For instance, Congress knows that to enact an outright ban on guns would produce such an outcry from the public that they dare not do so; instead choosing to nibble away at the 2nd Amendment at the outer fringes of its protection of our right to keep and bear arms. But, if the U.S. entered into a treaty, or agreed to a United Nation’s resolution banning the private ownership of guns, they could, and would send your local cops to take yours away.
Such is the power of treaties; they can essentially fundamentally alter the entire Constitution and Bill of Rights with the stroke of a Presidents pen and the approval of the U.S. Senate.

Patrick Henry foresaw the danger this power to make treaties posed to our liberty, and he tried to warn people about it; to no avail. On June 7, 1788 Henry declared, “The Senate, by making treaties may destroy your liberty and laws for want of responsibility. Two-thirds of those that shall happen to be present, can, with the President, make treaties, that shall be the supreme law of the land: They may make the most ruinous treaties; and yet there is no punishment for them.”

I’m gonna tell you something now and you had better listen. Our rights existed before we created our system of government, and no law, no treaty can take those rights from us. They may pass laws saying otherwise, but it is only because we consent to those laws, that we do not willingly and openly disobey them, that they have any force over us.

While there are some laws I obey simply because I choose my battles carefully, there are other laws that, were they to be enacted, I would have to say that I would not obey them. I don’t care if federal agents came for me for my disobedience, or if UN Peacekeepers came to arrest me, or if it was some local cop who came for me, I would resist to my dying breath; and take as many of them out as I could before they gunned me down. It is my own personal decision where this line in the sand is, and each patriot may have their own point where they will say, “I’ve had all that I can stands, and I can’t stands no more.”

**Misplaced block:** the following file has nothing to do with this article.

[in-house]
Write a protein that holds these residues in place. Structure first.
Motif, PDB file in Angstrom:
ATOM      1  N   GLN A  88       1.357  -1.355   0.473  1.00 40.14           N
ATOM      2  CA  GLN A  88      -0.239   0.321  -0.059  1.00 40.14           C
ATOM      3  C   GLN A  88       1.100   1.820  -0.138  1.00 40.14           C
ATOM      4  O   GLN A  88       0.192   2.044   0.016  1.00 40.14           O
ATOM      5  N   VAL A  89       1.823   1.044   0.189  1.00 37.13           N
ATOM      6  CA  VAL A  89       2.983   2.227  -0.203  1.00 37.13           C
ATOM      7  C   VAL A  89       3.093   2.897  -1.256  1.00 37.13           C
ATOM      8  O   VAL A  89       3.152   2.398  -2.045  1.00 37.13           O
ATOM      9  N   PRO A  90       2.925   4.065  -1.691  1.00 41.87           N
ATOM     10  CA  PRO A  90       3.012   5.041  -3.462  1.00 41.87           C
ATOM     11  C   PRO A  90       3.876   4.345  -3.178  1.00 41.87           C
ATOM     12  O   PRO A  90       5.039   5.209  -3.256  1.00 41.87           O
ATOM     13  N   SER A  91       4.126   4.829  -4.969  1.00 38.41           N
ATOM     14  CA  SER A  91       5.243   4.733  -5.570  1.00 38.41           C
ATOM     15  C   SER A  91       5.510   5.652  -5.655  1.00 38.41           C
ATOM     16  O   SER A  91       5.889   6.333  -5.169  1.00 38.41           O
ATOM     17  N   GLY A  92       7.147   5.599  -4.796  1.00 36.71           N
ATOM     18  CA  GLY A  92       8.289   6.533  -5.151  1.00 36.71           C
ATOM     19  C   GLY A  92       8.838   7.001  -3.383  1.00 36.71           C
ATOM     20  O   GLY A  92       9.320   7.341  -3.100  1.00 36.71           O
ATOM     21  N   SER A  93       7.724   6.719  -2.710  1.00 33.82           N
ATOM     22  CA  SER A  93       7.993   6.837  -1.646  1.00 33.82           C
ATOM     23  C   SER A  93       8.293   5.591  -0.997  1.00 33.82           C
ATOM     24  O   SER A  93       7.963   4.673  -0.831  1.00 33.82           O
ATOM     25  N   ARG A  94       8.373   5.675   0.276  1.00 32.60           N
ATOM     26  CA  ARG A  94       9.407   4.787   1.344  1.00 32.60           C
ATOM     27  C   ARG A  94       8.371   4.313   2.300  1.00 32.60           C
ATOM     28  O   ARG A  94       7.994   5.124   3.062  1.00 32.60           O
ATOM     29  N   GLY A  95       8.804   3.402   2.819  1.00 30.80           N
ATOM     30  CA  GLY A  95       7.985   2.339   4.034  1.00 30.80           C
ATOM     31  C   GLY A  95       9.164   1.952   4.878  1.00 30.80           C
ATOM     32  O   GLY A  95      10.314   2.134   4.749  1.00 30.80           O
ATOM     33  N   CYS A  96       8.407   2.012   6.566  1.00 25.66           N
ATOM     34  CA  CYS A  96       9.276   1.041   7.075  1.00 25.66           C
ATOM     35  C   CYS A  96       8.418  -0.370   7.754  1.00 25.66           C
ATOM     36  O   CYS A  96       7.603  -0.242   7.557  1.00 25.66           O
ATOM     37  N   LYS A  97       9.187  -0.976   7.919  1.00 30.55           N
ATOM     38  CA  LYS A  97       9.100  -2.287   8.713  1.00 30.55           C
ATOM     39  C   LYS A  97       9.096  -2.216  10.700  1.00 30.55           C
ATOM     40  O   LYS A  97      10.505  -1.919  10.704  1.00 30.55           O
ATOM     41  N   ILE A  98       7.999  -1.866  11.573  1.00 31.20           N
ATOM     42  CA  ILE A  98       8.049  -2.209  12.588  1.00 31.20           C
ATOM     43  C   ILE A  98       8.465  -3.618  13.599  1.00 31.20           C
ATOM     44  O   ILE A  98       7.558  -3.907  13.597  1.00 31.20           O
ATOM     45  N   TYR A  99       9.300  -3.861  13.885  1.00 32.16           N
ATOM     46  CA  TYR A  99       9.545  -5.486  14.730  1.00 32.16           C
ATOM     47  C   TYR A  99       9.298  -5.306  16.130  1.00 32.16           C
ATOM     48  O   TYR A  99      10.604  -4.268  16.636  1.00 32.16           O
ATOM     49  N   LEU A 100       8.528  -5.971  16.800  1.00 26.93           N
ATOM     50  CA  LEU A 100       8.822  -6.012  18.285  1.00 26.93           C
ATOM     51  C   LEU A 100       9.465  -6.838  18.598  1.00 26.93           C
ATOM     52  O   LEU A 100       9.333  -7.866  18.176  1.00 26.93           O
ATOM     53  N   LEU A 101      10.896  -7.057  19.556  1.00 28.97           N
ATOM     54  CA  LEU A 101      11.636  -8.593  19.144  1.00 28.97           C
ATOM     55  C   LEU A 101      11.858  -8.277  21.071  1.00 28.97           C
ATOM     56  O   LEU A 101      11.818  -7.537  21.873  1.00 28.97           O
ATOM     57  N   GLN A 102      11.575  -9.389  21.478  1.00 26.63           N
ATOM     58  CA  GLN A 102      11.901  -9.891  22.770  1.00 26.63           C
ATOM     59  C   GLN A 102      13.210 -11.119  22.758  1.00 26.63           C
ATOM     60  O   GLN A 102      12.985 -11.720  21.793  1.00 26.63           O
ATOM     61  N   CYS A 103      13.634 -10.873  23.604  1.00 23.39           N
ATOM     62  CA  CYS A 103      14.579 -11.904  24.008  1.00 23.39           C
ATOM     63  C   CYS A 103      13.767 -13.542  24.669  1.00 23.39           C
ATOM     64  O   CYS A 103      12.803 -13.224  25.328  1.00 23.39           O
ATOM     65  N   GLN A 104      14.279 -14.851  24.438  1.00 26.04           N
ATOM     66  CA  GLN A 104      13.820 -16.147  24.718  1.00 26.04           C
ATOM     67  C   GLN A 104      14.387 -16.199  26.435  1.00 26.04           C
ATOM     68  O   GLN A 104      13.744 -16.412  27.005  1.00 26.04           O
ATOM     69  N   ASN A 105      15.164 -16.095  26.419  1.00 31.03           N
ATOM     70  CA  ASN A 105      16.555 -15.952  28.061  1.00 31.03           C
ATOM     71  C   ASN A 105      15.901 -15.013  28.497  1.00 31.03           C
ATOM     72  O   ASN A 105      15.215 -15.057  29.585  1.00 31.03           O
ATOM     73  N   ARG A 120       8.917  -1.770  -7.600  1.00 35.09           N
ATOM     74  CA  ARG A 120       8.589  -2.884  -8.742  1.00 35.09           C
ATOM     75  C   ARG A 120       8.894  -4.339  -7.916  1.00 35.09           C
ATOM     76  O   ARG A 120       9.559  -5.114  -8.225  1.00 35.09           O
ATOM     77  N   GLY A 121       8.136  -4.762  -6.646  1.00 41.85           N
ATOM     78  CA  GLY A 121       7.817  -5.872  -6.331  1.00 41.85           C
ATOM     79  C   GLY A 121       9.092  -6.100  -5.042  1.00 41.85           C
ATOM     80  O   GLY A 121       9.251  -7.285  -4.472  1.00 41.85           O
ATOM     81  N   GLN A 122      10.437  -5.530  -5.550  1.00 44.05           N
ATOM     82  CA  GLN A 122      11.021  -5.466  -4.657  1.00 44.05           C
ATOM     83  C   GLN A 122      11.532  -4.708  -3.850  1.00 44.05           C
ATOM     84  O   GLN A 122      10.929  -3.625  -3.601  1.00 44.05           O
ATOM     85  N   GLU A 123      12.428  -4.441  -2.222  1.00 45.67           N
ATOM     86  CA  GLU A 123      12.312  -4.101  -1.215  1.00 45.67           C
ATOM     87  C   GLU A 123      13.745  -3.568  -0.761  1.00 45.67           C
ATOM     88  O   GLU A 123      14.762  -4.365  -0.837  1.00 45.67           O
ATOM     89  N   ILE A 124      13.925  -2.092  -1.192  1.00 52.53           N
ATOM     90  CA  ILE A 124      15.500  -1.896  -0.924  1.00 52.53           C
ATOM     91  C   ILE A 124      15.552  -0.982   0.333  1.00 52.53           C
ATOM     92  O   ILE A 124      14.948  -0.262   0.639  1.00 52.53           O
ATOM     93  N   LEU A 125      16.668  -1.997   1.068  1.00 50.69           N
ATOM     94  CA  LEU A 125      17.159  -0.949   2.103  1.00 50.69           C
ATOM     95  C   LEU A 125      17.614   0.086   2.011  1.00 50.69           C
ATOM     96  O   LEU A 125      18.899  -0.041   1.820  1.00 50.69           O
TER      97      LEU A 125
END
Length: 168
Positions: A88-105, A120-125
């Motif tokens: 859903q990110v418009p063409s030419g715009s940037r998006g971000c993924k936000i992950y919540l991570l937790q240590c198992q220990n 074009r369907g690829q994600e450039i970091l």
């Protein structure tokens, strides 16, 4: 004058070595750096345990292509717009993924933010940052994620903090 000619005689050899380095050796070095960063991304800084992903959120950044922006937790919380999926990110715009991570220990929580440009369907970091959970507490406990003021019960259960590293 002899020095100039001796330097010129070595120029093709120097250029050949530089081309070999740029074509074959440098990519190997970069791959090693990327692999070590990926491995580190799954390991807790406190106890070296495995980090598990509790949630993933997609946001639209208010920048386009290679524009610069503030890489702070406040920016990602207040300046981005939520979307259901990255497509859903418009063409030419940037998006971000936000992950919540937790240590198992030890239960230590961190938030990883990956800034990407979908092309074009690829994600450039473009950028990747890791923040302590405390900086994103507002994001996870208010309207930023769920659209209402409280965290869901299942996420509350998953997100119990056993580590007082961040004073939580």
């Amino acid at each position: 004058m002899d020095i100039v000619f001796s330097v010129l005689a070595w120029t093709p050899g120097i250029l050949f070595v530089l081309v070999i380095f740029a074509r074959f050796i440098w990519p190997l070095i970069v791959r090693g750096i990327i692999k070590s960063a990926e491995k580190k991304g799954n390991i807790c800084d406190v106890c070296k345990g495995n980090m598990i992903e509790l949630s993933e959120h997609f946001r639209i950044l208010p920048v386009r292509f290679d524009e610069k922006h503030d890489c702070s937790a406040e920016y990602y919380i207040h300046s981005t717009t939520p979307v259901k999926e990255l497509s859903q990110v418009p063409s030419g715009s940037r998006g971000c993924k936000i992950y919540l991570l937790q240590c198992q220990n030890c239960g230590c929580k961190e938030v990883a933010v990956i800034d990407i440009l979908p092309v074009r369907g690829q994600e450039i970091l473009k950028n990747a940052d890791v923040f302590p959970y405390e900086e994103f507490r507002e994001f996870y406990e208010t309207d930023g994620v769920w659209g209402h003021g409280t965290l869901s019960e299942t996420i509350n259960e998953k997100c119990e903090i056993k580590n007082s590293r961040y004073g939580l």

I’m just saying that this government, and the people who support it, are pushing us closer and closer to the point where freedom loving Americans are going to have to make a choice, live on our knees or rise up and attempt to throw off the shackles of tyranny.

Now that I’ve gotten that out of my system, let’s get back to my original question. Since I asked you to answer it for yourselves, let me at least do the same. I would have to say, on paper and in the promises made to the ratifying conventions I would have to say that the government created by the Constitution was restricted in its authority and power. That said, I believe that loopholes were intentionally woven into the fabric of the Constitution which would allow it to grow beyond those specific powers and become the government we have today.

Our government could have been restrained had people kept the preservation of their liberty first and foremost in their minds. Unfortunately they began placing comfort, security, a strong booming economy, and a whole list of other things ahead of their freedom to do and say as they please. By voting for candidates who promised to ‘do things’ for them, they gave government a blank check and said, “Spend it as you see fit.”

The unfortunate fact of the matter is that, once government gets a power, it does not relinquish that power without some form of revolution. As John Adams said, “Liberty once lost is lost forever. When the People once surrender their share in the Legislature, and their Right of defending the Limitations upon the Government, and of resisting every Encroachment upon them, they can never regain it.”

And that is why I have taken the same position that Lysander Spooner did, “But whether the Constitution really be one thing, or another, this much is certain – that it has either authorized such a government as we have had, or has been powerless to prevent it. In either case it is unfit to exist.”

Is there an answer or a solution? I really don’t know. I can tell you this, if there is an answer it won’t come until the people stop worshipping the entity that enslaves them, or the flawed document that produced that entity. People are going to have to wake up and face the fact that their system of government is broken beyond repair, and the blueprint for that system of government was written in such a way as to ensure that it would become a threat to the very liberty the people were promised it would protect and defend.

But so long as people vote; whether it be to keep the ‘other guy’ from getting into office, or to use the power of government to benefit themselves, not a damned thing is going to change; in fact it is only going to get worse. Imagine an avalanche cascading down a mountainside destroying everything in its path. The avalanche is your government, and everything being destroyed is your freedom. There’s no stopping it now – all because we chose party over principle, or ignorance over knowledge. Good job America, Thomas Jefferson, Samuel Adams and Patrick Henry must be very proud of you.